Nixon's resignation was good for the nation. It removed a president who threatened American democracy and the integrity of its governmental institutions. It was also good for the Republican Party. The GOP lost 49 House and four Senate seats in the midterm election of 1974. But their losses were not much greater than the norm for the party of the president in a midterm election. The Republicans came roaring back with big victories in the midterm election of 1978 and with Ronald Reagan's landslide defeat of President Jimmy Carter in 1980.

Republicans today would be well advised to follow the Watergate precedent and vote to authorize an impeachment investigation of President Donald Trump by the House Judiciary Committee. It is in the interest of the nation and the Republican Party to conduct a thorough assessment of the allegations against President Trump no matter where the facts may lead.

The work of the special counsel is not a substitute for an impeachment inquiry. The special counsel investigates criminal acts. The House, which has the sole constitutional authority for impeachment, would consider more broadly any abuses of presidential power that constitute impeachable offense, explicitly criminal or not. Unlike the Congress, the special counsel works in secret and is accountable only to Trump's Department of Justice, not the American people. During Watergate, we had simultaneous investigations by a special prosecutor, the Senate Committee, and the House Judiciary Committee.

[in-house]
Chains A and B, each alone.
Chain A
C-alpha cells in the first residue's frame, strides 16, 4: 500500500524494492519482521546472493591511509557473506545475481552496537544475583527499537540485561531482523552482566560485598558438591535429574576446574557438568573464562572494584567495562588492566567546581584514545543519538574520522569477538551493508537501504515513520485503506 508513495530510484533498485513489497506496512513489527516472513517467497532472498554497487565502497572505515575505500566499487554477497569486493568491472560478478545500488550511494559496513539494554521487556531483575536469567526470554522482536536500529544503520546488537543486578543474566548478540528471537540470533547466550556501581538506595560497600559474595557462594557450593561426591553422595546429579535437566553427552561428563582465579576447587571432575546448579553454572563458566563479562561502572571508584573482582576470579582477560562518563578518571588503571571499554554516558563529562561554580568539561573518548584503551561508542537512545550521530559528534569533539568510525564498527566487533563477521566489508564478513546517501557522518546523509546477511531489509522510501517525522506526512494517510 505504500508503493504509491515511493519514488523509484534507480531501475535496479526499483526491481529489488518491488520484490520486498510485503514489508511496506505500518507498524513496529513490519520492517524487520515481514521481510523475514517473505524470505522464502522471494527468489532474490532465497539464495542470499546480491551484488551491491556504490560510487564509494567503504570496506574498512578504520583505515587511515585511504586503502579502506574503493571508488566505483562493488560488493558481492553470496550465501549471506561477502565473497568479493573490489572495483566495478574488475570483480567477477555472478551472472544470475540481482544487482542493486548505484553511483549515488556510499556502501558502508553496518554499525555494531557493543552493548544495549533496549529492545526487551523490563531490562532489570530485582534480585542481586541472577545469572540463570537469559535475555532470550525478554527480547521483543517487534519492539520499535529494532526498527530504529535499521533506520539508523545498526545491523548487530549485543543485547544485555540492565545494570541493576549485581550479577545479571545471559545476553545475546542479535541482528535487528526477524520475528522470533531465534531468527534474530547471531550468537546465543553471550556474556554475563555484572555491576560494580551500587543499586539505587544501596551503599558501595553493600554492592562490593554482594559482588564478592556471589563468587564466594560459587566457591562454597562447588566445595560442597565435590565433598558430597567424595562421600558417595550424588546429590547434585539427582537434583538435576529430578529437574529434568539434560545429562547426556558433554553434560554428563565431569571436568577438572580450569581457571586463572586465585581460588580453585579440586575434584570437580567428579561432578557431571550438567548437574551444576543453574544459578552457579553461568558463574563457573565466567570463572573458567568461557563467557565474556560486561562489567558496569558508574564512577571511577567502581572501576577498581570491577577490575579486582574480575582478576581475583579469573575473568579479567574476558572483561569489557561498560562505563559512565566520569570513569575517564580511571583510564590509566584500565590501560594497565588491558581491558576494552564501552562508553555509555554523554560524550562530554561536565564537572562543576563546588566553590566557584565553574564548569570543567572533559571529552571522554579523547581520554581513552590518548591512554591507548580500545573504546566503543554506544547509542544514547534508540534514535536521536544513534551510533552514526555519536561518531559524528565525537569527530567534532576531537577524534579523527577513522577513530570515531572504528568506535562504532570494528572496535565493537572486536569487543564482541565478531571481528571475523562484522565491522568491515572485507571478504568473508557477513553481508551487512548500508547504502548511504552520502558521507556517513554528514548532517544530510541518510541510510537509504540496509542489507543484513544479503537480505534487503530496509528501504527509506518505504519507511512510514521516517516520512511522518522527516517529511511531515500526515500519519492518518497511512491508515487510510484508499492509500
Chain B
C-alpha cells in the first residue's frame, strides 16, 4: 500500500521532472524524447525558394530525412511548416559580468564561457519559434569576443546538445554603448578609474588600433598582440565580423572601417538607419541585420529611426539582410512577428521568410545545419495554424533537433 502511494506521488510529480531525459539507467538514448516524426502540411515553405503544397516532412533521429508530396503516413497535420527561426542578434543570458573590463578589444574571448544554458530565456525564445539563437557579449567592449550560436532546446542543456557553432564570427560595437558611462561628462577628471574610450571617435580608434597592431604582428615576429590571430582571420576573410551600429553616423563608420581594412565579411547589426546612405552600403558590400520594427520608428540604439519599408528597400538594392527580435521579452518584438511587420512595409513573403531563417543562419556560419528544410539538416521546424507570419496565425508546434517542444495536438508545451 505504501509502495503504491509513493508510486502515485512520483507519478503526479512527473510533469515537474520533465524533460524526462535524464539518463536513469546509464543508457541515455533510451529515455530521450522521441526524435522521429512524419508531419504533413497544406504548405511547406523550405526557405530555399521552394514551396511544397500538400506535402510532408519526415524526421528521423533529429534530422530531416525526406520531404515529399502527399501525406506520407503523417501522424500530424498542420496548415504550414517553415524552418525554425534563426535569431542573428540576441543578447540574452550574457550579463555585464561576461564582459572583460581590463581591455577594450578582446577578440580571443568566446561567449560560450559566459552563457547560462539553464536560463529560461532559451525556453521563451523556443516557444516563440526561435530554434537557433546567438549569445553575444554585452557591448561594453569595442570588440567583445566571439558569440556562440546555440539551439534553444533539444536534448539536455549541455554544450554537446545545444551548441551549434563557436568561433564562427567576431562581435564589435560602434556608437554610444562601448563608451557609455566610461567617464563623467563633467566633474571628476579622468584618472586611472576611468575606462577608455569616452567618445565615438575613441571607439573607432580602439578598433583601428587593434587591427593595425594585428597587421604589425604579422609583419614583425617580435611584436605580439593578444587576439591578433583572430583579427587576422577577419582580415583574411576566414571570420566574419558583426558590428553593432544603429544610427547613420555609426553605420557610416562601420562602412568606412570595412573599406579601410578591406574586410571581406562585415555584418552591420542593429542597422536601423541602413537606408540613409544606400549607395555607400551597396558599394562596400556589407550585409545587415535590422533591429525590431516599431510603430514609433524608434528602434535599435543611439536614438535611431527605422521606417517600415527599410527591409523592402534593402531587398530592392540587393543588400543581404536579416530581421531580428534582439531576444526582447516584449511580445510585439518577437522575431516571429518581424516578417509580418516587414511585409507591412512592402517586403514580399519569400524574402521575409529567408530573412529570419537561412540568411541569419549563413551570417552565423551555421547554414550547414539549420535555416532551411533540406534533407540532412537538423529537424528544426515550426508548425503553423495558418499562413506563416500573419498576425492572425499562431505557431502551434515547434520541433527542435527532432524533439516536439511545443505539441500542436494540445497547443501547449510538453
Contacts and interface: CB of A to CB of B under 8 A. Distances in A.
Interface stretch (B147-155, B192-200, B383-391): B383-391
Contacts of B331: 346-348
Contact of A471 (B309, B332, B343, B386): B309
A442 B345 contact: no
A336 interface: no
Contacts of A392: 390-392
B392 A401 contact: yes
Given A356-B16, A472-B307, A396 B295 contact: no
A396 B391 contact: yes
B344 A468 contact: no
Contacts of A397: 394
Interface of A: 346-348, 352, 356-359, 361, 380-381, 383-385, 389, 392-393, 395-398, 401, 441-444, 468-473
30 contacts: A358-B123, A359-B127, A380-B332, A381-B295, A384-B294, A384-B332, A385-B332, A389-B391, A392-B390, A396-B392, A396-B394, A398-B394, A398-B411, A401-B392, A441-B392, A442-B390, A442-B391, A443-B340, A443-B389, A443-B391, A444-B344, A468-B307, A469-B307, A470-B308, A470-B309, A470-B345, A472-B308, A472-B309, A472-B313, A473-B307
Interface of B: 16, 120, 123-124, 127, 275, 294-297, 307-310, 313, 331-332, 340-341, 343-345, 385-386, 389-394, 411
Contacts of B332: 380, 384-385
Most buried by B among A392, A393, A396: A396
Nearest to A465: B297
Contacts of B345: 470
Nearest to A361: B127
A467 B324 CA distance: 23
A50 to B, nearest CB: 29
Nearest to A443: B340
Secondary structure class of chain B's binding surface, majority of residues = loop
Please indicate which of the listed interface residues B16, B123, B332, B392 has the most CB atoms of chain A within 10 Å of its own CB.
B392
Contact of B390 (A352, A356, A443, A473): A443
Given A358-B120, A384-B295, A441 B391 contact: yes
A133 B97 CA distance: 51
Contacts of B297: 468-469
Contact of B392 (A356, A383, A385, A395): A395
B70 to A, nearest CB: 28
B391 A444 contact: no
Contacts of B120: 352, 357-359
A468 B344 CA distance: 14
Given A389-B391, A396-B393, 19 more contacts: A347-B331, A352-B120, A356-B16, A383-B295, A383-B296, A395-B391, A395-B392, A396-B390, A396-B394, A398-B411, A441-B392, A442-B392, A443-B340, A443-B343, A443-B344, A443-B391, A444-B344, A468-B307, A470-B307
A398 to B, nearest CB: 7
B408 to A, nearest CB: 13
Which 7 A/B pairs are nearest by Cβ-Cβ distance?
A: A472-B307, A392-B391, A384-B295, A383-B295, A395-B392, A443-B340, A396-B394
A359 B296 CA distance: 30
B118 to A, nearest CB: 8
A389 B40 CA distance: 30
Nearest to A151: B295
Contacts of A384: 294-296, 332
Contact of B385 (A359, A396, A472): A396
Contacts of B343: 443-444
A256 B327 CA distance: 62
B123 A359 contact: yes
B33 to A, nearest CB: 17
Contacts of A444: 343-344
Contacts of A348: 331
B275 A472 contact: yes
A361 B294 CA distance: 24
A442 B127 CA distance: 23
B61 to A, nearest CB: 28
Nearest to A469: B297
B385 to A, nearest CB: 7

As in 1974, this year's special elections hold a warning for the Republican Party. The Republicans barely held on to overwhelmingly Republican U. S. House seats in in Kansas and Montana. They could well lose the June 20 special election for a Georgia House seat that Health and Human Services Secretary Tom Price won by 23 percentage points in 2016 and was formerly held by Newt Gingrich. Republicans hold scores of other U.S. House seats in which they are more vulnerable to defeat than in this Georgia district.

As in Watergate, Republicans need to rise to the historical moment and put patriotism above party. If what Trump says is true, that he did nothing wrong as candidate or president, then he and every fellow Republican should welcome an impeachment investigation as the only sure way to dispel the clouds of controversy hanging over the Trump presidency.

Commentary by Allan Lichtman distinguished professor of history at American University in Washington, DC and author of the new book The Case for Impeachment. Lichtman is known for a model he developed that has accurately forecast the outcome of every presidential contest since 1984, including Trump's recent win. Follow him on Twitter @ AllanLichtman.

Follow CNBC's Opinion section on Twitter @CNBCopinion.

Correction: Under Article 2, Section 4 of the Constitution, a vice president no less than a president is subject to impeachment. An earlier version of this op-ed misstated the article and section of the Constitution.